My World: June 2021…
This is part of a series of articles where our contributors describe how they think things will look a year from now.
Property values will recover faster than expected, but not across the board
This time next year, I will be a much improved version of my current self. Times like these are a great opportunity for reflection, creativity and change. By June 2021 I will have developed new skills, reconnected with my children and will be the fittest I have ever been.
Reading endless inspirational quotes on LinkedIn, I may even start to believe that. But in reality, none of this is very likely.
My extra 30 minutes a day of Duolingo will not see me fluent in German. So perhaps no Damascene moment, but that doesn’t mean that everything in life will go back to how it was before. And it certainly doesn’t mean my work will be dull. For real estate investors, a turn in the cycle is an exciting time. Market dislocation, differences of opinion – some of the best (and worst) deals will be made.
What will the real estate market look like in a year? One thing I’m sure of is that it will not have been immune to this crisis. While we entered it in good shape, the sector is already seeing lower levels of rent collection. As jobs are lost and businesses fail, vacancies will rise and rents will fall. Given this backdrop, property values will have fallen across the globe. However, we don’t expect the fall to be as far or for as long as the financial crisis. Indeed, if this time next year the virus is under control, we may already be seeing the return of prime capital value growth.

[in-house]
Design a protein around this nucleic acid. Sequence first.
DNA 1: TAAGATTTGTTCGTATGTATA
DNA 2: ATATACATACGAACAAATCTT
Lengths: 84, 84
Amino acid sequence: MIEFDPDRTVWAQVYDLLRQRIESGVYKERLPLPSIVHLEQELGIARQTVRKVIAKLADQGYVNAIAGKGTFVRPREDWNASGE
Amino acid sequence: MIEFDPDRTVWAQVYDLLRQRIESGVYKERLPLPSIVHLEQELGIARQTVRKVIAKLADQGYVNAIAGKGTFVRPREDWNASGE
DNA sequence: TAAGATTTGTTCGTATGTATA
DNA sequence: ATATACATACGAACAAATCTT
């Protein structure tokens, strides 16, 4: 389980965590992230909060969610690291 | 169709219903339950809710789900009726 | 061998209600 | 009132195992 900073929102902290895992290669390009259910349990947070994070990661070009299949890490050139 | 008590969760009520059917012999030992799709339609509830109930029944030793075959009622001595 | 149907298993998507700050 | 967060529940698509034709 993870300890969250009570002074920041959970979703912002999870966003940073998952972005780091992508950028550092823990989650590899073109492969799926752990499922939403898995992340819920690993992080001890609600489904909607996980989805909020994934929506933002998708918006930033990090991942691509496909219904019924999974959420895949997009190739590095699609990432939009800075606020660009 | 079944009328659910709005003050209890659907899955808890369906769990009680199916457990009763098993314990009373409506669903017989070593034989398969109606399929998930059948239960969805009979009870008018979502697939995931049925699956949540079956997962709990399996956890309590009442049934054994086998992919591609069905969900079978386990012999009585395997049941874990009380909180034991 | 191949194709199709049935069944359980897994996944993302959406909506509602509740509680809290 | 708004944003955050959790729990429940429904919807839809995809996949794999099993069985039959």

Not all real estate will have performed alike. Defensive strategies are likely to have outperformed the wider real estate market. Long incomes, strong tenants, core locations and low leverage should all have helped support performance. Indeed, those core funds that went in search of yield, ignoring warnings of style drift, will probably have been shown to be lacking.
By June 2021, I expect we’ll be in the early stage of economic recovery. All recessions are different, but one thing is for sure: they never go on forever. And while we shouldn’t underestimate the severity of this downturn, history suggests event-driven recessions tend to have less of a lasting impact than financial crises. Even now we should be preparing for life after the crisis. Pricing adjustments should create cyclical opportunities well before June 2021.
While travel restrictions, social distancing and periodic epidemiological concerns may still disrupt day-to-day life, we shouldn’t underestimate our ability to adapt.
Ahead of this crisis, DWS was negative on the outlook for much of the retail sector, and this is unlikely to have changed in a year. Offices may suffer steep falls in value and reduced occupier demand over the longer term, but should offer attractive opportunities during recovery. And, as mentioned, logistics and residential look well placed, more resilient to the downturn and well positioned to gain from accelerating structural drivers.